Rebuilding a college football program from the ground up is not an easy task, but newly-minted Kentucky State head coach Felton Huggins Jr. is ready and excited for the opportunity to remake the Thorobreds.
“We’ve got an influx of older and younger guys who are going to play for us early. It’s a bit of a transition, but so far, it’s going pretty well,” Huggins said. “We’ve got an older defense that will be the backbone. I’m an Air-Raid spread guy, so we’ll transition from the triple option. We’re going to be prepared, and you’re going to see an exciting brand of football.”
KSU was in competition for much of last season’s final SIAC West Division title, finishing 4-3 in the division and 4-6 overall. That, unfortunately, didn’t move preseason voters, as the Thorobreds were picked to finish 12th in the league’s new one-division format.
The slight of the rankings, nor having a single player picked for preseason honors, won’t deter Huggins and his team from their mission.
“Rankings are just rankings. First or last, once you line up on Saturday, you’ve got to go out and win the game,” he says. “We can’t control anything, but if we’re prepared, we’ll be fine. We’re blessed to have the opportunity to show people who we are and how competitive we are.”
The Thorobreds return much of their top-5 SIAC defense from a season ago with considerable muscle up front. The defensive line averages 6 foot 3 and 260 pounds across the board, led by senior Jimmy Edmonds, who is drawing interest from NFL scouts.
His linemates — Jeremiah Owens, Bubba Johnson, and Bobby Hayes — will help keep rushing numbers low against KSU. The Thorobreds allowed just 121 yards per game on the ground in 2022, good enough for third in the conference. KSU also returns leading tackler Jalen Johnson at linebacker.
Offensively, playmakers such as freshman quarterback Denim Johnson, leading rusher Lavale Hill and newcomer Jaden Ellis will give Huggins — who took a running team at Charleston Southern to a top passing offense as offensive coordinator — a chance to experiment.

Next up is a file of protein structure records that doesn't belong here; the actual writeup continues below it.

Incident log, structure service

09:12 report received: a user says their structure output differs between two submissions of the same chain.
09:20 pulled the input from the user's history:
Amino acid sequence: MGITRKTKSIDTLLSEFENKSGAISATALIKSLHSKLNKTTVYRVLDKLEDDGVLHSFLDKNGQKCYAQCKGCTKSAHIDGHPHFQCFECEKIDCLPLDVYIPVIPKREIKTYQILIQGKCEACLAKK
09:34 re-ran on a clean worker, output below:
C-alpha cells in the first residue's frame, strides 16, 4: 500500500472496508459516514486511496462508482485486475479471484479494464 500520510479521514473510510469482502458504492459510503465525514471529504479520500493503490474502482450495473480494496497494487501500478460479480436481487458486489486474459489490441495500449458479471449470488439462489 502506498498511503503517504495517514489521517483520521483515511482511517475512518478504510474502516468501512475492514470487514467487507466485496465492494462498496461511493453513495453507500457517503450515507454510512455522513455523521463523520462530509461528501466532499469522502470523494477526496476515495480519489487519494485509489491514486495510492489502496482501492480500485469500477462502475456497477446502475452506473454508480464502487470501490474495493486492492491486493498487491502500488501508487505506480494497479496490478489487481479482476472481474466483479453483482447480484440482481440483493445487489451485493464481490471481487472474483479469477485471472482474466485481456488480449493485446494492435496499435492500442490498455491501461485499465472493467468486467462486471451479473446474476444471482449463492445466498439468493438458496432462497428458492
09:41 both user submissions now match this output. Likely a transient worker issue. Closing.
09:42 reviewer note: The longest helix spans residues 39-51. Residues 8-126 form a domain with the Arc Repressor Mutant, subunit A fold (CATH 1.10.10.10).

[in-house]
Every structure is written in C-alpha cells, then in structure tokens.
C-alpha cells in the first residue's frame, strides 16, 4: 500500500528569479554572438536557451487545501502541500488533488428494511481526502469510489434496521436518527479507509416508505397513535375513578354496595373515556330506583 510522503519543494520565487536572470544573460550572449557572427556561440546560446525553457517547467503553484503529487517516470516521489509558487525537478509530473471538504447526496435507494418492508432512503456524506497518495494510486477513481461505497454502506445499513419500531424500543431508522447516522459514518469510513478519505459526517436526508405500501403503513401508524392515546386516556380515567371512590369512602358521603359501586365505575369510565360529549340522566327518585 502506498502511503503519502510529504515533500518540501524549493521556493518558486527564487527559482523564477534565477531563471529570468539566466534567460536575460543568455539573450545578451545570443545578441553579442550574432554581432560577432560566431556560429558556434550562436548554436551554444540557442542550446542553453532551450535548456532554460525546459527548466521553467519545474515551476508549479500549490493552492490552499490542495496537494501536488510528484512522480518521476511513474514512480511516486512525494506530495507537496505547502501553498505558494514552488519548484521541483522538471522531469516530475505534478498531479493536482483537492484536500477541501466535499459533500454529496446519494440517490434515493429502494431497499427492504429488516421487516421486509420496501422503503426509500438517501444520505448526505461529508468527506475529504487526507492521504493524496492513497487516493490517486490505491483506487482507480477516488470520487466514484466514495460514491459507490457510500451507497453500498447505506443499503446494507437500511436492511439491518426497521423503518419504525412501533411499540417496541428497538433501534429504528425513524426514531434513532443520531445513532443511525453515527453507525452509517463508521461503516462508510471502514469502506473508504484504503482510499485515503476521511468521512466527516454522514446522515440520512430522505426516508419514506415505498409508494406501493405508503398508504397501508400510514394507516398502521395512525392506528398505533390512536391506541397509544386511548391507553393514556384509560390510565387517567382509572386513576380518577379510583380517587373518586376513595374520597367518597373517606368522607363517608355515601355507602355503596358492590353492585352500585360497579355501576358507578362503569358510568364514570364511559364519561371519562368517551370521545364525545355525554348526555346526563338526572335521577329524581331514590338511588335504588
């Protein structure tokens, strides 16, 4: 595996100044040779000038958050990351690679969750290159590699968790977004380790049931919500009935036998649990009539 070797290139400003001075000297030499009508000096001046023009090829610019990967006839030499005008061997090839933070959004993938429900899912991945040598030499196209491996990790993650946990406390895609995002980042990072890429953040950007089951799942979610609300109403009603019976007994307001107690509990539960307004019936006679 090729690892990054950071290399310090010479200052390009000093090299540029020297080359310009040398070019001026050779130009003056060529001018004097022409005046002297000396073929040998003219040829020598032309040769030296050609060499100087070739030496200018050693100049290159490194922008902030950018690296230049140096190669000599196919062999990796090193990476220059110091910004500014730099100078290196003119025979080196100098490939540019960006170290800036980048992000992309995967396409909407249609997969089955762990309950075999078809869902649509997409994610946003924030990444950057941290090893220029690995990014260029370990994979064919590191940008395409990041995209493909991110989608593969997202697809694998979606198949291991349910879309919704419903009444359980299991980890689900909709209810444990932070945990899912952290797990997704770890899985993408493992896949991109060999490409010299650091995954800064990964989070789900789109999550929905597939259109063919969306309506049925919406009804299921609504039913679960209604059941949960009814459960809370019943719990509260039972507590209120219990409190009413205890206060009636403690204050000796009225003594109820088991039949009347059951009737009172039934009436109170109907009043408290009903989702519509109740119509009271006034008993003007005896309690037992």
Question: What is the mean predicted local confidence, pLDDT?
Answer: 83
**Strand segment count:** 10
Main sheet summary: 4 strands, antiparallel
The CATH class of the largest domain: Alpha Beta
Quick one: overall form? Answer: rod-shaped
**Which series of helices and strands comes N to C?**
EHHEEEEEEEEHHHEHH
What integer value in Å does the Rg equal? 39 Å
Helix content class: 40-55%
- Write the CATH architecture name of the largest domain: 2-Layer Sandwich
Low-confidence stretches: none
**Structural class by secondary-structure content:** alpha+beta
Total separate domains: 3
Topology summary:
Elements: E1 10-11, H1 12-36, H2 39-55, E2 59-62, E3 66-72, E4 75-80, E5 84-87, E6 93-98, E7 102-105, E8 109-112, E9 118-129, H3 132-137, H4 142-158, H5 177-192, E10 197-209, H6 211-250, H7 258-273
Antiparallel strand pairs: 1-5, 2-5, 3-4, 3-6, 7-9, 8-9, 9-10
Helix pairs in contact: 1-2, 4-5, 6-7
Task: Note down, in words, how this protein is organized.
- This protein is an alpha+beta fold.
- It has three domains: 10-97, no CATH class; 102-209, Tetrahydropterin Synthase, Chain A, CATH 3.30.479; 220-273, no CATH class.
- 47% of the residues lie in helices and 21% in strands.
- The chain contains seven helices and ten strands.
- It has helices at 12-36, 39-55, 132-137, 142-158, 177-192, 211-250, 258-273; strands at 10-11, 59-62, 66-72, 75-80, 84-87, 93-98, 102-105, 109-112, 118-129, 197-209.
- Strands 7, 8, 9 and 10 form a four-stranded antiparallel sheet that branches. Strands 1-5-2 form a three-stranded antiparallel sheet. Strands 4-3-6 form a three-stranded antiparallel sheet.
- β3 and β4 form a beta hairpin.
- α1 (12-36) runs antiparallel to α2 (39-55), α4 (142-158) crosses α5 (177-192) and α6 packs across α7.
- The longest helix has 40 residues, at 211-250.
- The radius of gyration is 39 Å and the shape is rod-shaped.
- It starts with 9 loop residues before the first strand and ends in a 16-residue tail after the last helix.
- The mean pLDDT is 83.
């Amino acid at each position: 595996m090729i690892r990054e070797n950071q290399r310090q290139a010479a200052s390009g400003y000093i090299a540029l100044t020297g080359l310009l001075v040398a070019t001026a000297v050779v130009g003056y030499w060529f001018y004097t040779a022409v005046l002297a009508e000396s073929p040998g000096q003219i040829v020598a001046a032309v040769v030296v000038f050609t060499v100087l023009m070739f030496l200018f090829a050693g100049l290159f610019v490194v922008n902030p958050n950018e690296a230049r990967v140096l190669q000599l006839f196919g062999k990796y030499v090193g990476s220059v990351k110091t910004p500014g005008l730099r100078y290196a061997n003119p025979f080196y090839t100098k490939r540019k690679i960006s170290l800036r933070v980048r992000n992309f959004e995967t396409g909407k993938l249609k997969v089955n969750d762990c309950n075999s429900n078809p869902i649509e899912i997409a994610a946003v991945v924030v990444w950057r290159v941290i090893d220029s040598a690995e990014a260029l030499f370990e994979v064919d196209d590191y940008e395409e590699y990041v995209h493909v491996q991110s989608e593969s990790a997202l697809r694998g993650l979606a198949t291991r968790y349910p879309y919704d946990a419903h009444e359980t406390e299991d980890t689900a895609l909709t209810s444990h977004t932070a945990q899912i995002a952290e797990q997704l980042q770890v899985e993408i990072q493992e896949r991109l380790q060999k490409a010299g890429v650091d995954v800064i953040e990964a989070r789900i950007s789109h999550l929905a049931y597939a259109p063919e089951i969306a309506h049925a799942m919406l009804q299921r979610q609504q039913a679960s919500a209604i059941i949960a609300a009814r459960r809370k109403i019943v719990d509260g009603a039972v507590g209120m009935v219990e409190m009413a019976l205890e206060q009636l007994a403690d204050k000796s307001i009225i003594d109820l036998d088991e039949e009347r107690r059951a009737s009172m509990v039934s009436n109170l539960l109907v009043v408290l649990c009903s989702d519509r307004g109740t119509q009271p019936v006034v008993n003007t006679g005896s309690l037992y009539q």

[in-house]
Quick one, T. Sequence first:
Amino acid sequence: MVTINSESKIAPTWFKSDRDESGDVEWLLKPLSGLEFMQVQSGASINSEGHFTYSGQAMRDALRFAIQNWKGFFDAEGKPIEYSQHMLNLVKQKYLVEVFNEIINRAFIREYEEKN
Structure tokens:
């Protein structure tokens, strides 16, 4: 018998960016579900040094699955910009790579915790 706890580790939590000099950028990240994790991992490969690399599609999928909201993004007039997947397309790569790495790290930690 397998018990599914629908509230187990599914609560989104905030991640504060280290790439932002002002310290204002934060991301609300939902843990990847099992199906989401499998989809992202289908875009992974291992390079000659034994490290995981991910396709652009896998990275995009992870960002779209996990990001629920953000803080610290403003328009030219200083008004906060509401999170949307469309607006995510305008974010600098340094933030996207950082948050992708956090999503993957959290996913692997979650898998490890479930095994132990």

“The good thing about life is you take the experience you have and get yourself prepared for the moment,” he says. “I’ve had trial by error, and we’re just taking it a day at a time. You can’t throw it all at them at once.”
Still, once KSU gets used to the new offense, Huggins promises the fans that they’re in for a treat.
“What fans can expect is we’re going to be fast and highly explosive,” he explains. “We’re going to use all of the field, and it’s going to be fun.”
As this is Huggins’ first college head coaching job, he’s passionate about the opportunity to compete in the SIAC and elevate Kentucky State’s football program.
“I grew up playing football in Louisiana, and this game has given me everything,” he said. “I’ve been enamored with this job since it became available. Our guys don’t have a lot of the things that other schools have, but they have their hard hats on and work hard every day.”
To that end, he believes that once the season is over, that No. 12 ranking will be long forgotten.
“People are going to look at our guys and say, ‘Wow, they play the game the right way and have fun,’” Huggins says. “We’re going to shock some people this season.”
Kentucky State opens its season on Aug. 31 with a home game against SIAC foe Clark Atlanta.
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